• Denying an individual or household the opportunity to apply for FNS program benefits or services on the basis of race, color, national origin, sex, age, or disability. CalWORKs and the Food Distribution Program on Indian Reservations (FDPIR) also prohibit discrimination on the basis of religion and political beliefs.




  • Providing FNS program services or benefits in a different manner on the basis of race, color, national origin, sex, age, or disability, unless the difference is necessary to comply with nondiscrimination requirements, such as disability accommodations (this includes providing disability accommodations which includes dietary accommodation or physical assistance). CalWORKs and the FDPIR also prohibit discrimination on the basis of religion and political beliefs.




  • Selecting members for planning and advisory bodies in such a way as to exclude persons from membership on the basis of race, color, national origin, sex, age, or disability. CalWORKs and the FDPIR also prohibit discrimination on the basis of religion and political beliefs.




  • Selecting FNS program sites or facilities in a manner that denies an individual access to FNS program benefits, assistance, or services on the basis of race, color, national origin, sex, age, or disability. CalWORKs and the FDPIR also prohibit discrimination on the basis of religion and political beliefs.


Where to File a Complaint

To file a program or Civil Rights complaint, please contact one of the following agencies listed below:

Child Nutrition Programs

Civil Rights and Program Complaint Coordinator

California Department of Education

Nutrition Services Division

1430 N Street, Room 4503

Sacramento, CA 95814-2342

916-323-8521 or 800-952-5609
Or
USDA, Director, Office of Adjudication

1400 Independence Avenue, Southwest

Washington, D.C.  20250-9410

866-632-9992

Federal Relay Service 800-877-8339 (English)

or 800-845-6136 (Spanish)



Note: The USDA will investigate and process all complaints of discrimination.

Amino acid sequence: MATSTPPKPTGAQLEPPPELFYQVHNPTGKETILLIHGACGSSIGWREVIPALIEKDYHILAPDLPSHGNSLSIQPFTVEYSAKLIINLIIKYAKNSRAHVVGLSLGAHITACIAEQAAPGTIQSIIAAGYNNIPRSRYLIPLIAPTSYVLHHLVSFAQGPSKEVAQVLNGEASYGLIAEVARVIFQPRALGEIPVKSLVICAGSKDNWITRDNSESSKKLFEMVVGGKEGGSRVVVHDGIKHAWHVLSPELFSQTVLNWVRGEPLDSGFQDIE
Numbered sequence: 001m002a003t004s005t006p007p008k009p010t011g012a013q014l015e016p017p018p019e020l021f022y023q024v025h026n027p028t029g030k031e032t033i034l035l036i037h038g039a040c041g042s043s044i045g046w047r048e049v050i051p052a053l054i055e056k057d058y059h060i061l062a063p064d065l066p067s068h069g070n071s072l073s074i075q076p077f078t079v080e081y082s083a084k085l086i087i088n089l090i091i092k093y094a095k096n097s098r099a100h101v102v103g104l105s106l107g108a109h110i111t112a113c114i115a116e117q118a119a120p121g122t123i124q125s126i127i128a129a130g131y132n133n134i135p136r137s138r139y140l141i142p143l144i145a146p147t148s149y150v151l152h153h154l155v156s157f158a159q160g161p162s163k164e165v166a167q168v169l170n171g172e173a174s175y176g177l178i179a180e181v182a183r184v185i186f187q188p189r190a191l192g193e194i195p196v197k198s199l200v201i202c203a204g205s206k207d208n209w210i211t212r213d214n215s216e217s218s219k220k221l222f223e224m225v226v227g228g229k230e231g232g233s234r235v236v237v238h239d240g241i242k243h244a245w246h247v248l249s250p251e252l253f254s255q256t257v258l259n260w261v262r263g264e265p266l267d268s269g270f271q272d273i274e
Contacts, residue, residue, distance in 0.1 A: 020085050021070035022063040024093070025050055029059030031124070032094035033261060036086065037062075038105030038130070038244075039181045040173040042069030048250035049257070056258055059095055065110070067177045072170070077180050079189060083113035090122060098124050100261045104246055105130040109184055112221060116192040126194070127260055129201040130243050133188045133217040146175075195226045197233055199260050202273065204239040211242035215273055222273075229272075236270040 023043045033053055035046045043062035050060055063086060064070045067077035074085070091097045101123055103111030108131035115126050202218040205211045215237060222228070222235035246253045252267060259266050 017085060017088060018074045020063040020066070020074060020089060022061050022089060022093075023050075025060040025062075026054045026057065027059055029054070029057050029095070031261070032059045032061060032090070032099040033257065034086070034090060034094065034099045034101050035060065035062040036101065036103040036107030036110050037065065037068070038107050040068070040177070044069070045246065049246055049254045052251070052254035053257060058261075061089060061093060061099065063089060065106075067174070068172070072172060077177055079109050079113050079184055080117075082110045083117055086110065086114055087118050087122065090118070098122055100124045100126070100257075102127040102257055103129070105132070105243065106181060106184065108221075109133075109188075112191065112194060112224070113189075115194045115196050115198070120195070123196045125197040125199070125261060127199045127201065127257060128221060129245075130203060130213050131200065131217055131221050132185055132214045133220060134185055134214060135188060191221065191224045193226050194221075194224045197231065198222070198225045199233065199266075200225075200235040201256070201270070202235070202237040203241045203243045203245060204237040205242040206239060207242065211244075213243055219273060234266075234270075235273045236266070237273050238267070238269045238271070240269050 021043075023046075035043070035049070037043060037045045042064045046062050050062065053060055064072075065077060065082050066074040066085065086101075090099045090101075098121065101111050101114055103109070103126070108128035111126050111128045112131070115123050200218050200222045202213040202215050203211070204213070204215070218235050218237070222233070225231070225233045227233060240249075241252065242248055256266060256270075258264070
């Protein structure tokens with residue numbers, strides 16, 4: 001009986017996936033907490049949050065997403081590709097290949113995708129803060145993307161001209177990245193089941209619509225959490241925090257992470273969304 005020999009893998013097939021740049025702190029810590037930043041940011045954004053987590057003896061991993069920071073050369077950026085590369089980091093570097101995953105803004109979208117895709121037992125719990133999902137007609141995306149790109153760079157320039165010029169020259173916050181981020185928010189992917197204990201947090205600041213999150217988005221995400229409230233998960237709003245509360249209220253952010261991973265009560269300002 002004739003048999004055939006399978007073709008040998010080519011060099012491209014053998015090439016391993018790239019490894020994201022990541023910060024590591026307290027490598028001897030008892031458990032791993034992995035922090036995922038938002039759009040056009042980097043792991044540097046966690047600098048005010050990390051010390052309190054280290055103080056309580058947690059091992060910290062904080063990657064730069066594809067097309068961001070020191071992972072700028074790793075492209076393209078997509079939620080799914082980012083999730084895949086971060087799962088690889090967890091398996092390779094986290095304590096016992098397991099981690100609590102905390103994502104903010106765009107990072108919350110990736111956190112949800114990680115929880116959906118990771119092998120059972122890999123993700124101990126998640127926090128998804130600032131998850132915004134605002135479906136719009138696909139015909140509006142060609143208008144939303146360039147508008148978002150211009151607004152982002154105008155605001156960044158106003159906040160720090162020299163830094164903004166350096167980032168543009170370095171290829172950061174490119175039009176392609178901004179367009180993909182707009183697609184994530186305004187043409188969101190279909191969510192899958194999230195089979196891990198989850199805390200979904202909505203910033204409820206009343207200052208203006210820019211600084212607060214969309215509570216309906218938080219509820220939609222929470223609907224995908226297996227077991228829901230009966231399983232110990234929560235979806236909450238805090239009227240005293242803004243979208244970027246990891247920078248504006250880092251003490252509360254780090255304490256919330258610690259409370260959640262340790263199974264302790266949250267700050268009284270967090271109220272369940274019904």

All program complaints filed with the NSD are resolved at the state level. The NSD Complaint Coordinator logs the complaint, refers it to the appropriate program or Field Services Unit, and tracks it through resolution. The NSD reserves the right to conduct unannounced site visits to determine the validity of all allegations.



Terminology Key



Complainant Any individual, including a person's duly authorized representative or an interested third party, public agency, or organization who files a complaint
Complaint A written or verbal statement alleging a violation of a federal or state law or regulation, which may include an allegation of unlawful discrimination
Complaint Coordinator A staff member who is responsible for tracking all program complaints until resolution
Discrimination The act of making a distinction in favor of, or against a person, intentionally or unintentionally, with policies, procedures, attitudes, and practices that denies equal access or limits services and benefits to those who are eligible
Discrimination Complaint A complaint alleging discrimination based on race, color, national origin, sex, age, or disability
Program Complaint A complaint alleging violation of federal or state laws or regulations concerning the program(s)